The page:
Parable of the Poinsettia

    I rinsed the dishes and loaded the dishwasher as Barb gave me the formula I needed. 12 to 15 hours of complete darkness every day for three months. There can't be any light during that time not even for a moment - or it won't bloom.
    It had been almost a year since my poinsettia was given to me. Since last Christmas it had dropped its red bracts and sprouted lots of healthy green leaves. I anticipated a beautiful plant to use for this year's decorating, but NOW it seemed improbable that I could produce conditions severe enough for it to bloom. The sunshine and water I had given it were no favor.
    I could imagine nurseries all over the country with important sealed rooms, and "Do Not Enter" signs on the locked doors for most of the day. Inside, thousands of green plants hovered in the darkness. During those required hours of darkness, no one would be allowed to, enter. Even a flashlight or a lighted "Exit" sign over the door would spoil the beauty being prepared.
   Pondering this brave little plant, I saw a parallel to the dark times in my life the emotional pain of a miscarriage, financial strain, the death of my young husband, the loneliness of being a single parent. Those were times when I longed for a glimmer of light. The darkness seemed absolute I and terminal. God seemed far away. But instead, God was giving me fastidious care. He was the professional - a master gardener who knew there was only one way to produce brilliant blooms in my life. I And predictably, those times of hardship are now precious to me because of what they produced-a deep appreciation for my many blessings, a more mature faith, and a greater trust in God. He hadn't forgotten me after all! Happiness could not have taught me so well.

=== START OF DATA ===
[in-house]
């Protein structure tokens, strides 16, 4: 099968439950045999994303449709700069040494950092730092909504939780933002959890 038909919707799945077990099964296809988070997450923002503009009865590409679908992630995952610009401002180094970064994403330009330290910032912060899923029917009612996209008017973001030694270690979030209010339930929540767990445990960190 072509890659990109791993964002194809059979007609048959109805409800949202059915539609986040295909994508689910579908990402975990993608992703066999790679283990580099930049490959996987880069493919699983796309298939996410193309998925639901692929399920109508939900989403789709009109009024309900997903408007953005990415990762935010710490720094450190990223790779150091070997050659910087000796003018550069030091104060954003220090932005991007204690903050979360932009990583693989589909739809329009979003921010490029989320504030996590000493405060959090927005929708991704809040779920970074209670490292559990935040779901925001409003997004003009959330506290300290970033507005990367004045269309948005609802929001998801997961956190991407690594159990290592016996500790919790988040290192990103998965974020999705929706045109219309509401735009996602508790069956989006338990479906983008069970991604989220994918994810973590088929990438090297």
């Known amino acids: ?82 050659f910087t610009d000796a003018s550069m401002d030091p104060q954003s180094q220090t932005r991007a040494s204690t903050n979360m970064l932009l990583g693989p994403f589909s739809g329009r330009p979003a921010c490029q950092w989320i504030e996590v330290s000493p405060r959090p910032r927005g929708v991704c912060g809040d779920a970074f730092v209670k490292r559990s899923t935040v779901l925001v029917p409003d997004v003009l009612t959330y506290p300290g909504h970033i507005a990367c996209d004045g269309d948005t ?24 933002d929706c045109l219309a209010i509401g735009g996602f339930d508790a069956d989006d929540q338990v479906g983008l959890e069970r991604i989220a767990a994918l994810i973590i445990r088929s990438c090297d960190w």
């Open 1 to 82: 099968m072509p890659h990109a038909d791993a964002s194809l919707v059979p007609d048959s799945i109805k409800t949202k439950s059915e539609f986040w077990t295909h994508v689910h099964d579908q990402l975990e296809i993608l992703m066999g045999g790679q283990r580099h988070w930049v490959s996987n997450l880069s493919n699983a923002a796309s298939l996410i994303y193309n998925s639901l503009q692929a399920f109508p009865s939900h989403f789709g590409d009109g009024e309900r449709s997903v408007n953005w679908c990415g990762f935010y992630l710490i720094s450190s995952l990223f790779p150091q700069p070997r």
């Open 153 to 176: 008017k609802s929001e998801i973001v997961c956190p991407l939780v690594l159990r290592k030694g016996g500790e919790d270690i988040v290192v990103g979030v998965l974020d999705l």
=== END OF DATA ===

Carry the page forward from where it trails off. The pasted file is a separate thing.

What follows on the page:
I think Joseph and Mary must have observed the same formula at work. At times they must have longed for a glimmer of light in the darkness they were experiencing: Joseph pondering divorce from his beloved Mary because of her apparent unfaithfulness to him. . . arriving in Bethlehem to find no place to stay. To think their baby would be born in a stable and slumber in a feeding trough! There were more dark days ahead - Simeon's warning that a sword would pierce their souls because of this child, and a night flight to Egypt to escape Herod's search and destroy mission for the newborn King. And always there was the shadow of the Cross.
    Yet out of the darkness came angels rejoicing. "Glory to God in the highest and on earth peace, good will toward men" (Luke 2:14). God's wonderful salvation was blooming in a dusky cave. Perhaps it is no coincidence that the dark days of autumn produce the poinsettia's colorful display just in time for the holidays. Maybe God put it there to remind us that faith grows in hard times. Out of the darkness, expect rejoicing.

 Donna MacLean is a free-lance writer in Federal Way, Washington.